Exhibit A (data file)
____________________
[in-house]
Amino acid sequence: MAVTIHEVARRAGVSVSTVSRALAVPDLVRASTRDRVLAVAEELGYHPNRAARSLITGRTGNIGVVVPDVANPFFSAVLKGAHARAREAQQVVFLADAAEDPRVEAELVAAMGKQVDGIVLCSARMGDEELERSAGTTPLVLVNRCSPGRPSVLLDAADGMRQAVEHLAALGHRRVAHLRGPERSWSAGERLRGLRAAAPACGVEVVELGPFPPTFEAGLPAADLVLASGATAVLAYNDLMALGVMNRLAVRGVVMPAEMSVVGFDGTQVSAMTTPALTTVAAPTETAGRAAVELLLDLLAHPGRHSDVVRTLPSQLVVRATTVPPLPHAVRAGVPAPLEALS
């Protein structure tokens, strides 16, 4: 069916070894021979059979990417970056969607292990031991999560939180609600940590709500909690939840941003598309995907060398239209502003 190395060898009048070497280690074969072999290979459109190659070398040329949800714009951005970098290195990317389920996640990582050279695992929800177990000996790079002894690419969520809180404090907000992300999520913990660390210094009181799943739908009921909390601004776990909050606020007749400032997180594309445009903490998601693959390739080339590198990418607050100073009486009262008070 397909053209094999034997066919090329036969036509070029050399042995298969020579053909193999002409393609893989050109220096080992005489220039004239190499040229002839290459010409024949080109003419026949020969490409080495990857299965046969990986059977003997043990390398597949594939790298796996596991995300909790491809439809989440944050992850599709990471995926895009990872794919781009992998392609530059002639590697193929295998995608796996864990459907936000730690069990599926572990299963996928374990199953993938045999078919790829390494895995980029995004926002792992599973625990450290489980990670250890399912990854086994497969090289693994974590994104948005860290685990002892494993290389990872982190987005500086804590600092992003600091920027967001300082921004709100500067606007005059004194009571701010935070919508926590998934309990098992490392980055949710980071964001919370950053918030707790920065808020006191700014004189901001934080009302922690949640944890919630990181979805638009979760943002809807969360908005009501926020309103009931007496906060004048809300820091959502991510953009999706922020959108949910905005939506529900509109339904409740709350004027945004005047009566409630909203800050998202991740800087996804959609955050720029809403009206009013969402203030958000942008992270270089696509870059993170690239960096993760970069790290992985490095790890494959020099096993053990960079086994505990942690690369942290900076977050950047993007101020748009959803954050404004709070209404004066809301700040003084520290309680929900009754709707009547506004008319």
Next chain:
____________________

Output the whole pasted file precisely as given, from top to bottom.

[in-house]
Amino acid sequence: MAVTIHEVARRAGVSVSTVSRALAVPDLVRASTRDRVLAVAEELGYHPNRAARSLITGRTGNIGVVVPDVANPFFSAVLKGAHARAREAQQVVFLADAAEDPRVEAELVAAMGKQVDGIVLCSARMGDEELERSAGTTPLVLVNRCSPGRPSVLLDAADGMRQAVEHLAALGHRRVAHLRGPERSWSAGERLRGLRAAAPACGVEVVELGPFPPTFEAGLPAADLVLASGATAVLAYNDLMALGVMNRLAVRGVVMPAEMSVVGFDGTQVSAMTTPALTTVAAPTETAGRAAVELLLDLLAHPGRHSDVVRTLPSQLVVRATTVPPLPHAVRAGVPAPLEALS
């Protein structure tokens, strides 16, 4: 069916070894021979059979990417970056969607292990031991999560939180609600940590709500909690939840941003598309995907060398239209502003 190395060898009048070497280690074969072999290979459109190659070398040329949800714009951005970098290195990317389920996640990582050279695992929800177990000996790079002894690419969520809180404090907000992300999520913990660390210094009181799943739908009921909390601004776990909050606020007749400032997180594309445009903490998601693959390739080339590198990418607050100073009486009262008070 397909053209094999034997066919090329036969036509070029050399042995298969020579053909193999002409393609893989050109220096080992005489220039004239190499040229002839290459010409024949080109003419026949020969490409080495990857299965046969990986059977003997043990390398597949594939790298796996596991995300909790491809439809989440944050992850599709990471995926895009990872794919781009992998392609530059002639590697193929295998995608796996864990459907936000730690069990599926572990299963996928374990199953993938045999078919790829390494895995980029995004926002792992599973625990450290489980990670250890399912990854086994497969090289693994974590994104948005860290685990002892494993290389990872982190987005500086804590600092992003600091920027967001300082921004709100500067606007005059004194009571701010935070919508926590998934309990098992490392980055949710980071964001919370950053918030707790920065808020006191700014004189901001934080009302922690949640944890919630990181979805638009979760943002809807969360908005009501926020309103009931007496906060004048809300820091959502991510953009999706922020959108949910905005939506529900509109339904409740709350004027945004005047009566409630909203800050998202991740800087996804959609955050720029809403009206009013969402203030958000942008992270270089696509870059993170690239960096993760970069790290992985490095790890494959020099096993053990960079086994505990942690690369942290900076977050950047993007101020748009959803954050404004709070209404004066809301700040003084520290309680929900009754709707009547506004008319």
Next chain: